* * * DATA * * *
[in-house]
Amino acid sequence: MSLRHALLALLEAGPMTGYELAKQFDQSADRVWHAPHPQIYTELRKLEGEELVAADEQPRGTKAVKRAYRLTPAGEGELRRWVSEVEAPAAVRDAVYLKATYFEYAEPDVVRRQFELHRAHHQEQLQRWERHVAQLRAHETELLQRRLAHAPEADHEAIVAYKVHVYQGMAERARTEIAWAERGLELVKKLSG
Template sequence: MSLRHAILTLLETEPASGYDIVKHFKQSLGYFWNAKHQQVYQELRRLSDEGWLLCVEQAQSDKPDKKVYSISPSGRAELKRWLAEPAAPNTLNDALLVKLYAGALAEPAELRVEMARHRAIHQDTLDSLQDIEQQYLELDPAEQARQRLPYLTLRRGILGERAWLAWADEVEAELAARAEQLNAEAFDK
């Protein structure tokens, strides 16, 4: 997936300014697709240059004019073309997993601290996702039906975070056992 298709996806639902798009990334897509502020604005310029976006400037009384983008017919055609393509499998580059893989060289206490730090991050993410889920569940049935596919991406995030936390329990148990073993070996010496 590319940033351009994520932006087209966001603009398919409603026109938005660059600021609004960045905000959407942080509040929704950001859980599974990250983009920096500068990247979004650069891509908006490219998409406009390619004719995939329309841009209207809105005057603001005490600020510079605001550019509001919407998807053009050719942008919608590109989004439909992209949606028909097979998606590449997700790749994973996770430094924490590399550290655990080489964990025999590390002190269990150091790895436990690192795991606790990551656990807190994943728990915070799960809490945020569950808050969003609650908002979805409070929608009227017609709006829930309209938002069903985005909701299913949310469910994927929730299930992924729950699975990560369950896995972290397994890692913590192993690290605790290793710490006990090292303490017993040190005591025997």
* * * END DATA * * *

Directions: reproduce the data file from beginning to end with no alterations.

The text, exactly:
[in-house]
Amino acid sequence: MSLRHALLALLEAGPMTGYELAKQFDQSADRVWHAPHPQIYTELRKLEGEELVAADEQPRGTKAVKRAYRLTPAGEGELRRWVSEVEAPAAVRDAVYLKATYFEYAEPDVVRRQFELHRAHHQEQLQRWERHVAQLRAHETELLQRRLAHAPEADHEAIVAYKVHVYQGMAERARTEIAWAERGLELVKKLSG
Template sequence: MSLRHAILTLLETEPASGYDIVKHFKQSLGYFWNAKHQQVYQELRRLSDEGWLLCVEQAQSDKPDKKVYSISPSGRAELKRWLAEPAAPNTLNDALLVKLYAGALAEPAELRVEMARHRAIHQDTLDSLQDIEQQYLELDPAEQARQRLPYLTLRRGILGERAWLAWADEVEAELAARAEQLNAEAFDK
């Protein structure tokens, strides 16, 4: 997936300014697709240059004019073309997993601290996702039906975070056992 298709996806639902798009990334897509502020604005310029976006400037009384983008017919055609393509499998580059893989060289206490730090991050993410889920569940049935596919991406995030936390329990148990073993070996010496 590319940033351009994520932006087209966001603009398919409603026109938005660059600021609004960045905000959407942080509040929704950001859980599974990250983009920096500068990247979004650069891509908006490219998409406009390619004719995939329309841009209207809105005057603001005490600020510079605001550019509001919407998807053009050719942008919608590109989004439909992209949606028909097979998606590449997700790749994973996770430094924490590399550290655990080489964990025999590390002190269990150091790895436990690192795991606790990551656990807190994943728990915070799960809490945020569950808050969003609650908002979805409070929608009227017609709006829930309209938002069903985005909701299913949310469910994927929730299930992924729950699975990560369950896995972290397994890692913590192993690290605790290793710490006990090292303490017993040190005591025997």